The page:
The city of South Bend announced Thursday it will withdraw its police officers from both the County Metro Homicide Unit and the Special Victims Unit starting next year.
The multidisciplinary units have been in place since 1993 and 2003 respectively, and investigate homicides, sexual assaults and domestic violence cases, among other things.
According to the prosecutor’s office, South Bend sends eight officers to CMHU and pays for three more. The county police send five, Mishawaka sends three and the prosecutor’s office supplies five positions.
As far as SVU, the prosecutor’s office says it supplies four positions. The county police sends three officers, Mishawaka sends one and South Bend sends four, but pays for one more hired by the prosecutor’s office.
South Bend Mayor James Mueller said Friday staffing shortages are to blame for South Bend’s withdrawal from the units. He said the SBPD is currently short more than 20 officers, and expects several retirements at the beginning of 2022.
“This move enables the flexibility necessary for us to get through what we expect to be a bit of a challenging year for SBPD in terms of staffing levels,” Mueller said.
Mueller said the city explored the possibility of financially supporting more positions without sending officers, but other departments involved with the units determined that it wouldn’t work.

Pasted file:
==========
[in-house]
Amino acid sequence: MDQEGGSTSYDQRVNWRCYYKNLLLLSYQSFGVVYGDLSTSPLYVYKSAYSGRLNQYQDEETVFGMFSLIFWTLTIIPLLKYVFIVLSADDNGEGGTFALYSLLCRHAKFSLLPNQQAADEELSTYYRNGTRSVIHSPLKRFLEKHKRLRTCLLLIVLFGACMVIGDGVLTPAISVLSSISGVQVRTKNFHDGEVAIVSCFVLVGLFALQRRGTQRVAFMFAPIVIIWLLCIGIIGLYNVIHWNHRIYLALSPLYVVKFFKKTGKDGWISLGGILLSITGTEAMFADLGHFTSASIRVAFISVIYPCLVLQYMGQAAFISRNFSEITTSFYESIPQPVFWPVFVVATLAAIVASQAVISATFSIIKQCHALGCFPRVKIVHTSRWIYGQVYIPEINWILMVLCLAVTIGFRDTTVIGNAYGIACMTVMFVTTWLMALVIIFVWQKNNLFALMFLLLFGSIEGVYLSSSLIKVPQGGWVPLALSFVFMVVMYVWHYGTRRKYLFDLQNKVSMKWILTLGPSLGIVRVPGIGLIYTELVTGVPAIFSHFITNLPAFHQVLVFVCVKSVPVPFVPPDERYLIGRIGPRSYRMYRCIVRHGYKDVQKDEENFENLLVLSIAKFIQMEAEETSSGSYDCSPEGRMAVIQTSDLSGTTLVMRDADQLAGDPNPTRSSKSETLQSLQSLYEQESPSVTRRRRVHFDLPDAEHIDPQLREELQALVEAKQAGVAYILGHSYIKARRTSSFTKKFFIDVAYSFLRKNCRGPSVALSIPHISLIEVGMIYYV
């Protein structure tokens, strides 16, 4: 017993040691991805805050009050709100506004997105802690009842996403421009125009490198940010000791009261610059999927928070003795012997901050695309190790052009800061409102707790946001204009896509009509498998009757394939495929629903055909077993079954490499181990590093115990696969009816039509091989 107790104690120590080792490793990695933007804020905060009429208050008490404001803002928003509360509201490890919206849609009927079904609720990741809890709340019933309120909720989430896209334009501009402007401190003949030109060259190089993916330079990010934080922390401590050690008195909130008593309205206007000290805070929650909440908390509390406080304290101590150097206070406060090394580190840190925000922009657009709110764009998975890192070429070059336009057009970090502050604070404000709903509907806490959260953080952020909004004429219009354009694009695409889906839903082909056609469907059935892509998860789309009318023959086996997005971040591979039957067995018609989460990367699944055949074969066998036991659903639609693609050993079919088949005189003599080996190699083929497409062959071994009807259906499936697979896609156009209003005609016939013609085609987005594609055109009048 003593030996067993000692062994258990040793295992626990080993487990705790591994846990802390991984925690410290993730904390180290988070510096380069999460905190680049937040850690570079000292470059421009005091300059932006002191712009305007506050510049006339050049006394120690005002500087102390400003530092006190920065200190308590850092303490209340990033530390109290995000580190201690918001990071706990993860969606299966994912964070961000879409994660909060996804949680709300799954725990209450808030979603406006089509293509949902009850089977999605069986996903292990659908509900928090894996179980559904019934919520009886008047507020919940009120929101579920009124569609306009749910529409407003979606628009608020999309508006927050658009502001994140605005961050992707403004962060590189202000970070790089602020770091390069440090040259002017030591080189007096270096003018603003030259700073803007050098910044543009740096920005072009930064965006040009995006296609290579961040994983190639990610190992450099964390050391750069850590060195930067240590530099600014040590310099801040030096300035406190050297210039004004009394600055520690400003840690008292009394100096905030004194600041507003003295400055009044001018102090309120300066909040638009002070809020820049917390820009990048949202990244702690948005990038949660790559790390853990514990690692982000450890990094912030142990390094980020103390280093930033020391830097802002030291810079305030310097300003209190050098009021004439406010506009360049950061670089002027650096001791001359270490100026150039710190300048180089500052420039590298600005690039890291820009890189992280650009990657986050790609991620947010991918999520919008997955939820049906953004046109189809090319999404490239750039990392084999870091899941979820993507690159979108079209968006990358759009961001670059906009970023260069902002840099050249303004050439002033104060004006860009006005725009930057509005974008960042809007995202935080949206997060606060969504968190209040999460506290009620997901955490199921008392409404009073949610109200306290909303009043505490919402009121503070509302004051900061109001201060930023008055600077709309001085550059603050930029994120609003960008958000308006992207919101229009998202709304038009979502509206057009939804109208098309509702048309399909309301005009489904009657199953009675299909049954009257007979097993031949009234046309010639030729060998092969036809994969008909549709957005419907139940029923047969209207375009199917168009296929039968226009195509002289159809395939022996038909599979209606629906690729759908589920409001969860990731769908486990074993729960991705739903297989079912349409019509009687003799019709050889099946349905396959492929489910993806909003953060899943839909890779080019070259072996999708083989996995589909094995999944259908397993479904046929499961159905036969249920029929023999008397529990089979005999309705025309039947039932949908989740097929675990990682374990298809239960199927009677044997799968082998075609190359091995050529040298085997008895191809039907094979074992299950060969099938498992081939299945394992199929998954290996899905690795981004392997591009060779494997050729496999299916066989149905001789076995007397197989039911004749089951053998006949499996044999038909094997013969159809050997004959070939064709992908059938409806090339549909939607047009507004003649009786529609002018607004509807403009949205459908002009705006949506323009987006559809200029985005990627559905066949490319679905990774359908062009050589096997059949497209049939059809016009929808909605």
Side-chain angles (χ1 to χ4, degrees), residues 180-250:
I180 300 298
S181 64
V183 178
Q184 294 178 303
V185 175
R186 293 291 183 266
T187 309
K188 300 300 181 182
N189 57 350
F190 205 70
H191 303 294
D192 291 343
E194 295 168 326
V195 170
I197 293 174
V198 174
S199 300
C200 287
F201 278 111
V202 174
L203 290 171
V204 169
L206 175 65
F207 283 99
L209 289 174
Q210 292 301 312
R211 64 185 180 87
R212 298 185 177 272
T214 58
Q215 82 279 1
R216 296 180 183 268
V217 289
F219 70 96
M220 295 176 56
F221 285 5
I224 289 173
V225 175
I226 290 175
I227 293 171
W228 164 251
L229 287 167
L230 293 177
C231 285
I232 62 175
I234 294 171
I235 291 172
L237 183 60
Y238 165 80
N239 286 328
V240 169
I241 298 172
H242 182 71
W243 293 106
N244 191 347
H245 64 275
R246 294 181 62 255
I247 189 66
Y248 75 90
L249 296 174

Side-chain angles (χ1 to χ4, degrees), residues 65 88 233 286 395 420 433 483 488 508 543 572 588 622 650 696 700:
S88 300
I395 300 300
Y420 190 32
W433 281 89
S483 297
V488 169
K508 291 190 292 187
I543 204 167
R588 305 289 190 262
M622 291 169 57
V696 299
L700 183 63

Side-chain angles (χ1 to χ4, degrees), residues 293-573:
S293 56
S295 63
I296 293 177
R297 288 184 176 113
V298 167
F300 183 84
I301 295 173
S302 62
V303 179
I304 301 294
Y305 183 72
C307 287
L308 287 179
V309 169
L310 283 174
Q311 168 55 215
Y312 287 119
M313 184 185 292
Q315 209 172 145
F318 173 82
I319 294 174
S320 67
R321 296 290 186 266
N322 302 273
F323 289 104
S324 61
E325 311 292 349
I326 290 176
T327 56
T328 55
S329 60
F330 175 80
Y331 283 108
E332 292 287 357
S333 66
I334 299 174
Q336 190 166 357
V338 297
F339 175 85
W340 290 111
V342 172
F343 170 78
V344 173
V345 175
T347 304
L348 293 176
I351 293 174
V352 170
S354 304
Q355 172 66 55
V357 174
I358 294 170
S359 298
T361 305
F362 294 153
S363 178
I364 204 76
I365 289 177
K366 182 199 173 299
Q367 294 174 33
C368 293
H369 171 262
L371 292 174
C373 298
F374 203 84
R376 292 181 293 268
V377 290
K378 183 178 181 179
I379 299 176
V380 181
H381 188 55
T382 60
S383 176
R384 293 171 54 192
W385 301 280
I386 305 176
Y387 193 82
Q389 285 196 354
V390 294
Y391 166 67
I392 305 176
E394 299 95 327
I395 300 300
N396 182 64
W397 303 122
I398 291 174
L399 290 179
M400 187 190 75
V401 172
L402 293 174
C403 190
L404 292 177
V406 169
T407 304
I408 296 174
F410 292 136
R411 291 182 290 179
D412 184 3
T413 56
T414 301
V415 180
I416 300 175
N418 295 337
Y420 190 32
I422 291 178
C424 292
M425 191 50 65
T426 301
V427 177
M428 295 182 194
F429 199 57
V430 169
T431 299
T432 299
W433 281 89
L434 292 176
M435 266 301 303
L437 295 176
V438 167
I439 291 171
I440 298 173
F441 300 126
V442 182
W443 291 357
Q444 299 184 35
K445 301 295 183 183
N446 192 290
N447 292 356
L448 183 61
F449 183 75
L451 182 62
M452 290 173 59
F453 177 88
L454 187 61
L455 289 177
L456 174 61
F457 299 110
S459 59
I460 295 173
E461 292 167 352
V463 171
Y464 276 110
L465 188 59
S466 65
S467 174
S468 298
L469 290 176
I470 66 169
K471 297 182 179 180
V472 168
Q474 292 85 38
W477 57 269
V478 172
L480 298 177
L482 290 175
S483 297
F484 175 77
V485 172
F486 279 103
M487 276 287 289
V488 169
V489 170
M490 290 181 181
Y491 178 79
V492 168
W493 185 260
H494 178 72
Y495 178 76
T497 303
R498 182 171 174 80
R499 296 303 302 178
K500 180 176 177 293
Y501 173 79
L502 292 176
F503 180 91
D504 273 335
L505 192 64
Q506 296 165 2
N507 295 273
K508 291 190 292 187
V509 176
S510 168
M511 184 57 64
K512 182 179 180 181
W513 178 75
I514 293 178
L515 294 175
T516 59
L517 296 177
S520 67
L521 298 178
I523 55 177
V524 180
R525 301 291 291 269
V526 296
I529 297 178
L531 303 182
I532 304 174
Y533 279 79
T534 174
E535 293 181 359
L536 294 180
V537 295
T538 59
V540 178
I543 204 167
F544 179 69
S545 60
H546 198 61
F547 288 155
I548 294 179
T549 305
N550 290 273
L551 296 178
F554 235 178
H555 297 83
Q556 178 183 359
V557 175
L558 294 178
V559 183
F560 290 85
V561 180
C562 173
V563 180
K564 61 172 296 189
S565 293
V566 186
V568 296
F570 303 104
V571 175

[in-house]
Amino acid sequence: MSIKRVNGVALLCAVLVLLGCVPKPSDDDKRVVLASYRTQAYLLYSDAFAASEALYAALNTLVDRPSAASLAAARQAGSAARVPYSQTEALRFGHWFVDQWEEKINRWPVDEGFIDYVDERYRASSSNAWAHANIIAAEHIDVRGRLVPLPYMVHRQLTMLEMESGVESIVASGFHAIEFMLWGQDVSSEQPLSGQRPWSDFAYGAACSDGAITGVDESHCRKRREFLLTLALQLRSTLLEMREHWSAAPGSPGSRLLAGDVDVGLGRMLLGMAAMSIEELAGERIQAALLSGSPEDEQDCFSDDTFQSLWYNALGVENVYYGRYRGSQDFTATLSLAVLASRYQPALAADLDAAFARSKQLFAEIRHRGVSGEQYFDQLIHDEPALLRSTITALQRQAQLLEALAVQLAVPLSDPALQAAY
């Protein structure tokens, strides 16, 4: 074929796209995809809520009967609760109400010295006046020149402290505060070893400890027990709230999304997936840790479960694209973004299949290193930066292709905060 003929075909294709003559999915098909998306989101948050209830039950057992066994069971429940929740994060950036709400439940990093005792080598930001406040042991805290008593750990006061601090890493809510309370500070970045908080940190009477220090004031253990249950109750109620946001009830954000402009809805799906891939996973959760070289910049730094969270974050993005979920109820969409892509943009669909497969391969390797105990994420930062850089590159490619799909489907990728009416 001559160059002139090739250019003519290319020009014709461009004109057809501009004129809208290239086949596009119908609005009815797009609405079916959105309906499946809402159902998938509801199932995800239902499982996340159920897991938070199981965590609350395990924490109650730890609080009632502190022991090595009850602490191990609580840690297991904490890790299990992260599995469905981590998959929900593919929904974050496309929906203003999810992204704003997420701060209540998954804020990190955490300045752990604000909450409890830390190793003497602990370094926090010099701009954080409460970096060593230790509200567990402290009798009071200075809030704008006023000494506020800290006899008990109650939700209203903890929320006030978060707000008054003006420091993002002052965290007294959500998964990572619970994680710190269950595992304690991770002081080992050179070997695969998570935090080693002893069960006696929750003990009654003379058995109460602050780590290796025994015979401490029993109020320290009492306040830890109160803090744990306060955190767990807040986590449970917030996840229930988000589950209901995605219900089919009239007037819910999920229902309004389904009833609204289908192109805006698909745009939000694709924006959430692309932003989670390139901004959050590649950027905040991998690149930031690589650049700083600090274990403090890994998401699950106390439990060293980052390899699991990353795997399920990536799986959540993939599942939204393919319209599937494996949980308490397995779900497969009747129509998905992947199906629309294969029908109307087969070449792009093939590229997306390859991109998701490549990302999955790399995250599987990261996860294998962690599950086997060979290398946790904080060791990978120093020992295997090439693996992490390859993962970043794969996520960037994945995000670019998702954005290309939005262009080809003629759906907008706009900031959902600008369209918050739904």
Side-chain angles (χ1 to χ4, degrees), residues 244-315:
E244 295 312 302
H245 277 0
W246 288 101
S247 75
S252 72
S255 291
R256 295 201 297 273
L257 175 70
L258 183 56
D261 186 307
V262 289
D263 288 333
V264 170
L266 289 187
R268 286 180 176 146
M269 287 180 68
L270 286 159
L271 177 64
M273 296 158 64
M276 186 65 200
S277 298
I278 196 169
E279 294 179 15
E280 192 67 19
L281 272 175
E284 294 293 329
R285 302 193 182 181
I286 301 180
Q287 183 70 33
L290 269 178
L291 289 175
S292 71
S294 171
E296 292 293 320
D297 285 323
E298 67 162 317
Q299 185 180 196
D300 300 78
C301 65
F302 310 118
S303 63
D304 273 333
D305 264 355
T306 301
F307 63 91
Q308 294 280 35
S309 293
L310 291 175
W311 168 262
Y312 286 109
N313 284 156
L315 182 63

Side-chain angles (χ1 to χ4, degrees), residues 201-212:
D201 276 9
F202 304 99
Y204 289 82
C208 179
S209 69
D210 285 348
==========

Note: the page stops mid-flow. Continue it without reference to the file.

South Bend officers in CMHU and SVU will take over major crimes and homicide investigations within South Bend city limits starting Jan. 1, 2022.
“The South Bend Police Department’s commitment to our community will remain the same and will not be negatively affected by this transition,” Police Chief Scott Ruszkowski said in a statement Thursday. “All cases will now be ‘in-house’ and the resources of our entire department will be at the disposal of every single victim and their family.”
Both Mishawaka Police Chief Ken Witkowski and St. Joseph County Sheriff Bill Redman announced their intentions to transition their CMHU and SVU officers back to their respective detective bureaus Friday.
County Prosecutor Ken Cotter declined to be interviewed Friday, but said in a statement he’s “saddened” by South Bend’s decision.
“It is untenable and unsustainable for the officers who do the work in those units to do it without adequate manpower,” Cotter said in a statement Thursday. “While I am hopeful that the SBPD will somehow be able to find a way to adequately staff the CMHU and the SVU, I am saddened that out of a department of over 200 sworn officers, the City of South Bend will not remain within the multidisciplinary framework.”
All four departments said they would continue their multidisciplinary work with the CASIE Center, the Family Justice Center and the YWCA.
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